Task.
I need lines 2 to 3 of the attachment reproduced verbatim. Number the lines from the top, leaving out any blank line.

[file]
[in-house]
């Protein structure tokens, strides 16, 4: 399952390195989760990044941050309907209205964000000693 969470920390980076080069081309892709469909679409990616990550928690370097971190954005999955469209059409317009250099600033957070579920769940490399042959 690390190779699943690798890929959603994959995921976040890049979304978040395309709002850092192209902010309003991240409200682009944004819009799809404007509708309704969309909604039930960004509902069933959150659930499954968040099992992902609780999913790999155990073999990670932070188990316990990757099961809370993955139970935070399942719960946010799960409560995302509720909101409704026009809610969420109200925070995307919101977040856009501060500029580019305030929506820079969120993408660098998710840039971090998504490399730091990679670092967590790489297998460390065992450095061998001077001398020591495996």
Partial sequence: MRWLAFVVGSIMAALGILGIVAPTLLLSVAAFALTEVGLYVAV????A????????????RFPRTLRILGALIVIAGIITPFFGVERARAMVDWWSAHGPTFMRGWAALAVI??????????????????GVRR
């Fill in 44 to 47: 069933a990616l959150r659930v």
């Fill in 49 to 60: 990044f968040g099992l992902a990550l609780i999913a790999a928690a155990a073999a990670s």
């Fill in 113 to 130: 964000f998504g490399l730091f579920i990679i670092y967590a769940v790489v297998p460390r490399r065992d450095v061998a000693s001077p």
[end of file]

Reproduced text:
């Protein structure tokens, strides 16, 4: 399952390195989760990044941050309907209205964000000693 969470920390980076080069081309892709469909679409990616990550928690370097971190954005999955469209059409317009250099600033957070579920769940490399042959 690390190779699943690798890929959603994959995921976040890049979304978040395309709002850092192209902010309003991240409200682009944004819009799809404007509708309704969309909604039930960004509902069933959150659930499954968040099992992902609780999913790999155990073999990670932070188990316990990757099961809370993955139970935070399942719960946010799960409560995302509720909101409704026009809610969420109200925070995307919101977040856009501060500029580019305030929506820079969120993408660098998710840039971090998504490399730091990679670092967590790489297998460390065992450095061998001077001398020591495996």
Partial sequence: MRWLAFVVGSIMAALGILGIVAPTLLLSVAAFALTEVGLYVAV????A????????????RFPRTLRILGALIVIAGIITPFFGVERARAMVDWWSAHGPTFMRGWAALAVI??????????????????GVRR